No violation against Bell Board in open meeting decision

Published 1:30 pm Tuesday, April 23, 2019

In a decision handed down from Attorney General Andy Beshear, the Bell County Board of Education did not violate the Open Meetings Act on March 5, 2019 when the Superintendent Yvonne Gilliam and the board members had a discussion prior to a special meeting.

On March 25, 2019 Gary Smith filed an appeal with the Attorney General’s Office as to whether the Bell County Board of Education violated the Open Meetings Act, specifically 61.823(3), and the office found that the Board did not violate the provisions of the Act.

The reason stated in the decision released from the Attorney General’s Office states, “Because discussion of whether to receive an update from the superintendent regarding the ongoing contract dispute with Pineville Independent Schools via telephone or during a special meeting did not constitute a substantive discussion of public business that implicated KRS 61.810(1).”

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Smith stated in the appeal that the superintendent and the board members “reached a consensus that she would contact each member by telephone.” He quoted KRS 61.805(1) and (3) alleging that in holding the “casual gathering” in anticipation of its March 5 special meeting and “making a collective decision” regarding the method of relaying the information, the board violated the Act.

Smith also claimed, “The board violated KRS 61.823(3) in discussing public business that was not identified on the agenda for the special meeting.”

The decision reads, “Superintendent Yvonne Gilliam and the five board members discussed whether they preferred to call another special meeting for the purpose of discussing any information that she learned from the attorney representing the board in the ongoing contract dispute with the Pineville Independent Board of Education, or if they preferred for Superintendent Gilliam to contact each member individually.”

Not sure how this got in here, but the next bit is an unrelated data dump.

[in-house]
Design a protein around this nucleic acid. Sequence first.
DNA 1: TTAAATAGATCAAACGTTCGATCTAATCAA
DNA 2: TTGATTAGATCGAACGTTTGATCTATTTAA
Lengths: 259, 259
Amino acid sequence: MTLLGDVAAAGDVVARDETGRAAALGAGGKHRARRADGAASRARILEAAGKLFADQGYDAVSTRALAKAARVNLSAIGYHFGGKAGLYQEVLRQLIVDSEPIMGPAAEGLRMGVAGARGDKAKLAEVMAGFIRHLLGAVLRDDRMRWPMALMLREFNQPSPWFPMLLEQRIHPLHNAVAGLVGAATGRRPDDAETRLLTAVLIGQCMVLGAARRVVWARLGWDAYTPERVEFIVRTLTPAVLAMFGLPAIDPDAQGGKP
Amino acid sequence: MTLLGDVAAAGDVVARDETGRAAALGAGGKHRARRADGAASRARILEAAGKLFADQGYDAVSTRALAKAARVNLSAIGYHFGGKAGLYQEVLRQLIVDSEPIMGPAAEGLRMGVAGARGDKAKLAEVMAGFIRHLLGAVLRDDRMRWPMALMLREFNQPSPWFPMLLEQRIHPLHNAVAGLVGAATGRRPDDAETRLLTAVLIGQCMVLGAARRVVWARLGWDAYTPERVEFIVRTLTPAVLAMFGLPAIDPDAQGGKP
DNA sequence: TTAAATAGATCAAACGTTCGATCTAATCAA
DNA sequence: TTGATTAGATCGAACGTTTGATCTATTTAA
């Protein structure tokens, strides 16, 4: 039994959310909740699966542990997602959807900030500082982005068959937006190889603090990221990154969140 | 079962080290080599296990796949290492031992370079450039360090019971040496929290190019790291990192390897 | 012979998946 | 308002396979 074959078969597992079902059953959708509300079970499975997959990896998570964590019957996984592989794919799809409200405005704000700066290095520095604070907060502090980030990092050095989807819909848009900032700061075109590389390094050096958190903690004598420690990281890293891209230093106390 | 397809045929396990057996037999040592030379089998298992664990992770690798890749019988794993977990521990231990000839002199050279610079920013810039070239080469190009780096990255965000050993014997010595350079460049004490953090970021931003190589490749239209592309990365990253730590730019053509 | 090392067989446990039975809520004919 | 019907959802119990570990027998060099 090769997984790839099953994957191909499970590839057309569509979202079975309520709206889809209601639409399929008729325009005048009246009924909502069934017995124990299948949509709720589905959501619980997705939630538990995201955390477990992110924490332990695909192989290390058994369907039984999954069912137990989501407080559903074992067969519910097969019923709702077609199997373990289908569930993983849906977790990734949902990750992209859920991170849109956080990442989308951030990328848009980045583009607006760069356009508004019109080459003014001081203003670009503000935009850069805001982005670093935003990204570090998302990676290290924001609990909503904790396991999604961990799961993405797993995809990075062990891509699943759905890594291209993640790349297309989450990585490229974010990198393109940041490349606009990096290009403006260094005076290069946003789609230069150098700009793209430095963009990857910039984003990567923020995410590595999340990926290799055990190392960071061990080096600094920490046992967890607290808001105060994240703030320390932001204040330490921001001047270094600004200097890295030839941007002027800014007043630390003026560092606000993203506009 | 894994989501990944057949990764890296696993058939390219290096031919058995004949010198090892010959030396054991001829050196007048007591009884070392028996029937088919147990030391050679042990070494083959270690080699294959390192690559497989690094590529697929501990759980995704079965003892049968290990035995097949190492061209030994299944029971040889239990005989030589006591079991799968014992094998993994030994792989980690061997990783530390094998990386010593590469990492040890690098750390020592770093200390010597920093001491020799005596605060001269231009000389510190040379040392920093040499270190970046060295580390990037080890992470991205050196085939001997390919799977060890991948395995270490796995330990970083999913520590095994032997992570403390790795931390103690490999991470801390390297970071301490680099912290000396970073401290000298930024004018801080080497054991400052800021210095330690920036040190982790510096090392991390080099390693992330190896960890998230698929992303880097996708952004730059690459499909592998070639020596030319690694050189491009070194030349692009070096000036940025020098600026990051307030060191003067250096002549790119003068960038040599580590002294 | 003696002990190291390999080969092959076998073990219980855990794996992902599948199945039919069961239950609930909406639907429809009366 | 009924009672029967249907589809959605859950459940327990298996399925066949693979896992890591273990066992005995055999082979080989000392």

In a March 6 written complaint that was directed to Chairperson Eulene Brock, per KRS61.846(1), Smith proposed that Chairperson Brock and Superintendent Gilliam acknowledge the violation and provide a public apology and attend training on the procedural requirements of the Open Meetings Act to prevent future violations.

Shea Dunn Yoakum, Board Attorney, directed a letter to Smith on March 20 notifying him that the complaint was received on March 13.

Yoakum emphasized in her return letter to Smith that, “At no time did the superintendent go on to discuss the information she had obtained, and there was no collective decision or vote by the board on her inquiry.” She also noted, “In fact, several board members were discussing other items amongst themselves, and one member indicated that he was unaware of what Superintendent Gilliam said.

The appeal decision stated that Superintendent Gilliam ended the conversation by stating that she would just call each member individually, and the board then held the special meeting as planned.

“The conversation that Superintendent Gilliam initiated was not a substantive discussion of any issue. Accordingly, ‘it did not constitute a discussion of public business by the board, as defined by KRS 61.805 and Yeoman; there was no action taken by the board, and as such there was no violation of KRS 61.810 by the Board,’” said Yoakum. “When viewed in light of 13-OMD-086, and the authorities upon which that decision was premised, the record in this appeal does not validate Mr. Smith’s allegations.”

Either party may appeal the decision by initiating action in the appropriate circuit court pursuant to KRS 61.846(4)(a). The attorney general shall be notified of any action in circuit court but shall not be named as a party in that action or in any subsequent proceedings.